Xi said in his congratulatory message that China, the world’s largest developing country, and the U.S., the largest developed country, as the world’s top two economies, bear the special responsibility of maintaining world peace and stability, boosting global development and prosperity, and sharing extensive interests, .

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Xinhua: Sing Pao Chief Remains a “Fugitive”

In a recent article, Hong Kong-based Ta Kung Pao cited a dispatch from Xinhua, dated October 20, 2016, that the police still have a warrant out to arrest Gu Zhuoheng, the chief of Sing Pao Daily News. In the past several weeks, Hong Kong-based Sing Pao has been carrying front page commentaries harshly criticizing Beijing’s No. 3 leader, Zhang Dejiang, chairman of the standing committee of the National People’s Congress.

Sing Pao, which is also known for its ties to Beijing, denied that Gu was a wanted man. It dismissed the attacks as being “some power’s” attempt at political revenge. Since late August, Sing Pao, with help from the central government’s Liaison Office in Hong Kong, has been criticizing Hong Kong’s Chief Executive Leung Chun-ying for escalating the confrontation. In early October, Sing Pao editorials named Jiang Zemin, former secretary general of the Chinese Communist Party (CCP) as Zhang Dejiang’s backer.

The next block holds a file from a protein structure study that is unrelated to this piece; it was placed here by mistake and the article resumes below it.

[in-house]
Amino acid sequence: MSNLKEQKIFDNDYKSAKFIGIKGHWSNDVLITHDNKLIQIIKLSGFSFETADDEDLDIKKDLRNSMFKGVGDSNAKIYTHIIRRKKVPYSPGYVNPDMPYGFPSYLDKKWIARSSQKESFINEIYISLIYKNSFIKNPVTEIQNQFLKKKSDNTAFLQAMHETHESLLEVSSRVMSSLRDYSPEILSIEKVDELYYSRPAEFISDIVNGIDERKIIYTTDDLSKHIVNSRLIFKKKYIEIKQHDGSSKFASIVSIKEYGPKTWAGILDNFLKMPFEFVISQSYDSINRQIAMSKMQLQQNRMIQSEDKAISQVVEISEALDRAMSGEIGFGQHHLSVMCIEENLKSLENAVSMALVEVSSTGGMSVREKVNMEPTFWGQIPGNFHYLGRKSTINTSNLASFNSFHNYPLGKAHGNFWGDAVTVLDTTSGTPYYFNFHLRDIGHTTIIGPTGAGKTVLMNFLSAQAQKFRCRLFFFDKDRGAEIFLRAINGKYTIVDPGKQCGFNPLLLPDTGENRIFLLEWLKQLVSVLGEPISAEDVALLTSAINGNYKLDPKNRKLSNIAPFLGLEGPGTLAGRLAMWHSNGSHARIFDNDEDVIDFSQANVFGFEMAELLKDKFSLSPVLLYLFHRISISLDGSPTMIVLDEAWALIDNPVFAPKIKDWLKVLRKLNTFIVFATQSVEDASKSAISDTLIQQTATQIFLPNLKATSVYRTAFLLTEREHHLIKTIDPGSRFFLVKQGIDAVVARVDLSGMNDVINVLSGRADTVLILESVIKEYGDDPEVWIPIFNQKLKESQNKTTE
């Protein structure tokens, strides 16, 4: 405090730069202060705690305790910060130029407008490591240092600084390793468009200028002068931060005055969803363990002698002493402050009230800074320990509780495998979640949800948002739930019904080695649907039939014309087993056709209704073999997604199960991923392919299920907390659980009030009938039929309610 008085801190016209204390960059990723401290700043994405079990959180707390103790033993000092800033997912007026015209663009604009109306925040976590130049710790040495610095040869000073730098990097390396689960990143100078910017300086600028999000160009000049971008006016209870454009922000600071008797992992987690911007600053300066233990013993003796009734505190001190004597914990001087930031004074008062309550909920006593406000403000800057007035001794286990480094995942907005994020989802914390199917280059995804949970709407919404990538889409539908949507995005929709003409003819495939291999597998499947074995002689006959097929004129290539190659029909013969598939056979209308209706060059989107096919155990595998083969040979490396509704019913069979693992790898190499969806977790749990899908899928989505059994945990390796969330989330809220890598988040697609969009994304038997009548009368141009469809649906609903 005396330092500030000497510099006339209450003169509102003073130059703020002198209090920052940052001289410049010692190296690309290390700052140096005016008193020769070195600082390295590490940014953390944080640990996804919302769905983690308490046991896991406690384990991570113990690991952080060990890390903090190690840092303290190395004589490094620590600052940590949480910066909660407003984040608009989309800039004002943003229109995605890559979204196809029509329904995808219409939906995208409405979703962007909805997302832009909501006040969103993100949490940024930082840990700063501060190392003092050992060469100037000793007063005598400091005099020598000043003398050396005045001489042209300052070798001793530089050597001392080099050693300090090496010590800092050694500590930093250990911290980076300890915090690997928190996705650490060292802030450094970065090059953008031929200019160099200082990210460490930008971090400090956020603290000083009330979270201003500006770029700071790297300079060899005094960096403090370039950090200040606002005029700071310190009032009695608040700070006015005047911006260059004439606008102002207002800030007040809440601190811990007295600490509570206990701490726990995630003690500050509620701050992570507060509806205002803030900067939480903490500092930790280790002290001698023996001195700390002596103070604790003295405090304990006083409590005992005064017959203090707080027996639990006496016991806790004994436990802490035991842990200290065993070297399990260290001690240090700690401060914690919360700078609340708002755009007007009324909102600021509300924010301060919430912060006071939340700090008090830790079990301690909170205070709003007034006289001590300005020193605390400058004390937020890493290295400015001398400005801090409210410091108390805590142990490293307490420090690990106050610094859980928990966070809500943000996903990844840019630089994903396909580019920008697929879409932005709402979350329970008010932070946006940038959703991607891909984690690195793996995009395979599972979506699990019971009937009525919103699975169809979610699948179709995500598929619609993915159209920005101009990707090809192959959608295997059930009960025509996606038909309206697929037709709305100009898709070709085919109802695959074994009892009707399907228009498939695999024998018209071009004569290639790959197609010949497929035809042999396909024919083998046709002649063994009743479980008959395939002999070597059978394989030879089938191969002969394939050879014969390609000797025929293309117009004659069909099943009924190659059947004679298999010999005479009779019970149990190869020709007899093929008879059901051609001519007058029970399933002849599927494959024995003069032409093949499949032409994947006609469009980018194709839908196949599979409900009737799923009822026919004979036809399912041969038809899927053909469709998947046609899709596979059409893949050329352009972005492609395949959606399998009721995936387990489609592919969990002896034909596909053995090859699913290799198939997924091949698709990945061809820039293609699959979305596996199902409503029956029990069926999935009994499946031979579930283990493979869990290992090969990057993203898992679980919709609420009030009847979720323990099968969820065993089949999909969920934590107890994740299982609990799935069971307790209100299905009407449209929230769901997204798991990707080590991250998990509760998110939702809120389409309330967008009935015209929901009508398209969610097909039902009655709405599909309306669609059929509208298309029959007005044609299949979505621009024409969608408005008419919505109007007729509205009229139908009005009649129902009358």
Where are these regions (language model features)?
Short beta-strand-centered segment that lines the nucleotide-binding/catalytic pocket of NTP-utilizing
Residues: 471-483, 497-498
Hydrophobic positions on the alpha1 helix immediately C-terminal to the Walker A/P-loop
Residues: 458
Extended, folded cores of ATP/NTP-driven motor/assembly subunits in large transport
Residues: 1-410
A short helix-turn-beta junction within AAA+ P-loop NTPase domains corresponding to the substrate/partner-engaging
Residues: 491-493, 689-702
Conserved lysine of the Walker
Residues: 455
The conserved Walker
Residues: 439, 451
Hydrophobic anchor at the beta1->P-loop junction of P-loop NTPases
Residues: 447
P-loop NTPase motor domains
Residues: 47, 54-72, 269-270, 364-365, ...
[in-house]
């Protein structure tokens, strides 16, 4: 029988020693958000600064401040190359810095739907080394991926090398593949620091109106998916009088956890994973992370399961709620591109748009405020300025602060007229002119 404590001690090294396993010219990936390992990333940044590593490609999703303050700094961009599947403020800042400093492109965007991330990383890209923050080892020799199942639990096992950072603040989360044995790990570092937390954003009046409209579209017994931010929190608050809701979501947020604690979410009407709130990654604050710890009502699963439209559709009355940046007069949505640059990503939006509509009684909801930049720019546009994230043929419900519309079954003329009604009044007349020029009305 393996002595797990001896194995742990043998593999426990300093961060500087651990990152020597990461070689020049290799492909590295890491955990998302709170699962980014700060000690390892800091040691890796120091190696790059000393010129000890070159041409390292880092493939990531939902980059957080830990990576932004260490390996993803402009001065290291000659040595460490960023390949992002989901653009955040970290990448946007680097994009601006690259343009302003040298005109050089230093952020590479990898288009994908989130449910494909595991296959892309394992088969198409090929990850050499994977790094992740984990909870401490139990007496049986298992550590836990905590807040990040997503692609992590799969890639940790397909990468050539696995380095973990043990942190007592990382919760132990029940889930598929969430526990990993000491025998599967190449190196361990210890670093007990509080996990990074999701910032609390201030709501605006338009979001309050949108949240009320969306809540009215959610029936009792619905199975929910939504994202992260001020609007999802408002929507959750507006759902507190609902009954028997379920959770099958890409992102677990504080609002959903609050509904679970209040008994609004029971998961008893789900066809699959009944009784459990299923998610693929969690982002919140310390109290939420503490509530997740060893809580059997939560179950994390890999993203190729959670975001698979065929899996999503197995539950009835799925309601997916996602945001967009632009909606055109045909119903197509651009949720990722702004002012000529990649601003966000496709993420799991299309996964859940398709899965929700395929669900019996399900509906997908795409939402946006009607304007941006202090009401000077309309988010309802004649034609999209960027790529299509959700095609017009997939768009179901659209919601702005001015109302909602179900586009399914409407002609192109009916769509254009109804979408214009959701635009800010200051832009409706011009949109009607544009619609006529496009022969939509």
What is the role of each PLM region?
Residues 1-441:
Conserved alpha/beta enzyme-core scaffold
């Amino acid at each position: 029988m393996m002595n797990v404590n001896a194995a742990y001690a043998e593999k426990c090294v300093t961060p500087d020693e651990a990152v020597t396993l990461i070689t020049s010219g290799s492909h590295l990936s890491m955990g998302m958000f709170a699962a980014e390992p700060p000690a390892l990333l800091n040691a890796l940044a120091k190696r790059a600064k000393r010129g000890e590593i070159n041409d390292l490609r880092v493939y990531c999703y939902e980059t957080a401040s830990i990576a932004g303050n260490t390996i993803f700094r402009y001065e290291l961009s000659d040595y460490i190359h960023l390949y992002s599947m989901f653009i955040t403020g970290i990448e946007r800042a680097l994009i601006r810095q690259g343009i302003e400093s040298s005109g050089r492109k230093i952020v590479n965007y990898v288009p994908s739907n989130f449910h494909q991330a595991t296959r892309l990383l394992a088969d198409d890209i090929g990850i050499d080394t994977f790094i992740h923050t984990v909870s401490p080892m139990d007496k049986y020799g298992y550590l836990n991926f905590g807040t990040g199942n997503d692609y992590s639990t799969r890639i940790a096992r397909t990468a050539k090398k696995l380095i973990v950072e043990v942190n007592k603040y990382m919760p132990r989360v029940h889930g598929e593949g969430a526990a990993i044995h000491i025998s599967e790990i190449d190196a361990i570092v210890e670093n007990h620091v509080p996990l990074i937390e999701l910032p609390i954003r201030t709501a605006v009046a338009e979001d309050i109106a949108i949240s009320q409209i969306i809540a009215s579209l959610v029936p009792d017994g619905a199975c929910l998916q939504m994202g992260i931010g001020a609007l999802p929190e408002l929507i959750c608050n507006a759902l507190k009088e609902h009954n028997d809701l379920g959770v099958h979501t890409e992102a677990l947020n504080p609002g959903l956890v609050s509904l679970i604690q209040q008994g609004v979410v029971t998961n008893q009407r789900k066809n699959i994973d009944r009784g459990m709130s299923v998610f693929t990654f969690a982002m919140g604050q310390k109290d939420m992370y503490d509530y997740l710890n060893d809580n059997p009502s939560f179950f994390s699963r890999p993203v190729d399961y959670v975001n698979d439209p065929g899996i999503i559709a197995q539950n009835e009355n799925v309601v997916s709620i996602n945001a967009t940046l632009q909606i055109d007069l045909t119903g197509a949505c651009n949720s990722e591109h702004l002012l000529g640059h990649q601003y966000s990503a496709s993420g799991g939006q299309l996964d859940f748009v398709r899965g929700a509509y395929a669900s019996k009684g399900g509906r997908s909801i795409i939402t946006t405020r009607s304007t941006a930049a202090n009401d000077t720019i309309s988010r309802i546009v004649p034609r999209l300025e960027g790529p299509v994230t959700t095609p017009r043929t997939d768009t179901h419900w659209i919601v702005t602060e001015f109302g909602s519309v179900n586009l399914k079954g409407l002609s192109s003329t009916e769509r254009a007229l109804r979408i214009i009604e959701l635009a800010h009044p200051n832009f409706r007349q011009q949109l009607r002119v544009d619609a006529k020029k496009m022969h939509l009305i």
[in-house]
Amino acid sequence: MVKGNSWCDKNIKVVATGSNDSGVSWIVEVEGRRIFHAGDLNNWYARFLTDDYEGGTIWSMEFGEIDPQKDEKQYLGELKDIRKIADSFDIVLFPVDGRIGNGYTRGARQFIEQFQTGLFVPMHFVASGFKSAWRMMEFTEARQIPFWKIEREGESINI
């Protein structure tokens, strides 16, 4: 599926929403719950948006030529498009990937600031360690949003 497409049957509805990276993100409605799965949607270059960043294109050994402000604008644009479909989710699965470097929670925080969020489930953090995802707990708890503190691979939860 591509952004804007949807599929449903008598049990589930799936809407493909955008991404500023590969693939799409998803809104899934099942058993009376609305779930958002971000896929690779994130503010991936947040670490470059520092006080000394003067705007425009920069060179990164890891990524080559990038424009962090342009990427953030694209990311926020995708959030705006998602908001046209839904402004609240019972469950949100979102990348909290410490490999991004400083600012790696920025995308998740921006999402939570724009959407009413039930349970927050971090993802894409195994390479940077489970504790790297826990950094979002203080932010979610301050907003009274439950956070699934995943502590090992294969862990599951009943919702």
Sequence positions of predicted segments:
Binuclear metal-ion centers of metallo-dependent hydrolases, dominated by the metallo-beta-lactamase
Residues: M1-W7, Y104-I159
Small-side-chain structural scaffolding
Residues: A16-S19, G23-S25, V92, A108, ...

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RFA: Chinese Media Not to Republish Caixin’s Original Content for Two Months

On October 12, 2016, Radio Free Asia (RFA) reported  that an order has been issued to ban Chinese media from republishing Caixin‘s original content. The order, given on October 11,  was from the Cyberspace Administration of China (CAC), Beijing’s central Internet censorship, oversight, and control agency and is to remain in effect for 60 days. Caixin is a leading Chinese media for publishing original content on finance, the economy, and social governances.

RFA cited reports indicating that the immediate trigger for the ban may have been Caixin‘s recent coverage, now deleted, of 168 lawyers’ signing an appeal to oppose new regulations from the State Council. The rules reinforce the Chinese Communist Party’s control over law firms, requiring them not to “indulge or condone” their staff in conducting a wide range of specified activities.